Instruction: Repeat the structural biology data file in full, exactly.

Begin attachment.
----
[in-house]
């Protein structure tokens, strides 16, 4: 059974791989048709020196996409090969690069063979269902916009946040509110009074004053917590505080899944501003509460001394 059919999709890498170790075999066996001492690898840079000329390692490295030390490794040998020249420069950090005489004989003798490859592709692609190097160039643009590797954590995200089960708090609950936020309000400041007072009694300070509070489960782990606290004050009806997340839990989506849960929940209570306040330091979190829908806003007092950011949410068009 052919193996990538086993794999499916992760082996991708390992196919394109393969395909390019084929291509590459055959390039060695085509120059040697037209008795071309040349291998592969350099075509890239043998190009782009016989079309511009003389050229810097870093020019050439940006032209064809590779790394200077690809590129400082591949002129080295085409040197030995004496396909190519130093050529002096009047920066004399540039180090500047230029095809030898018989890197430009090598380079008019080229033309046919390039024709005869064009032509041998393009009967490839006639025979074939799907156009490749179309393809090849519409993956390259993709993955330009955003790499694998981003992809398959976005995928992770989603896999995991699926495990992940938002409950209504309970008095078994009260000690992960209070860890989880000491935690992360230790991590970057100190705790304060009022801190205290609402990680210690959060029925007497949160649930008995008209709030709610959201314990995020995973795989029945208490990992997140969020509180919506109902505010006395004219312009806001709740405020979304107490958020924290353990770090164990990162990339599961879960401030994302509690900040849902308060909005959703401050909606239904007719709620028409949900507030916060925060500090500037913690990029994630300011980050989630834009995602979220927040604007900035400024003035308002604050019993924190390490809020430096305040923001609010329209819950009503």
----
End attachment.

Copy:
[in-house]
């Protein structure tokens, strides 16, 4: 059974791989048709020196996409090969690069063979269902916009946040509110009074004053917590505080899944501003509460001394 059919999709890498170790075999066996001492690898840079000329390692490295030390490794040998020249420069950090005489004989003798490859592709692609190097160039643009590797954590995200089960708090609950936020309000400041007072009694300070509070489960782990606290004050009806997340839990989506849960929940209570306040330091979190829908806003007092950011949410068009 052919193996990538086993794999499916992760082996991708390992196919394109393969395909390019084929291509590459055959390039060695085509120059040697037209008795071309040349291998592969350099075509890239043998190009782009016989079309511009003389050229810097870093020019050439940006032209064809590779790394200077690809590129400082591949002129080295085409040197030995004496396909190519130093050529002096009047920066004399540039180090500047230029095809030898018989890197430009090598380079008019080229033309046919390039024709005869064009032509041998393009009967490839006639025979074939799907156009490749179309393809090849519409993956390259993709993955330009955003790499694998981003992809398959976005995928992770989603896999995991699926495990992940938002409950209504309970008095078994009260000690992960209070860890989880000491935690992360230790991590970057100190705790304060009022801190205290609402990680210690959060029925007497949160649930008995008209709030709610959201314990995020995973795989029945208490990992997140969020509180919506109902505010006395004219312009806001709740405020979304107490958020924290353990770090164990990162990339599961879960401030994302509690900040849902308060909005959703401050909606239904007719709620028409949900507030916060925060500090500037913690990029994630300011980050989630834009995602979220927040604007900035400024003035308002604050019993924190390490809020430096305040923001609010329209819950009503």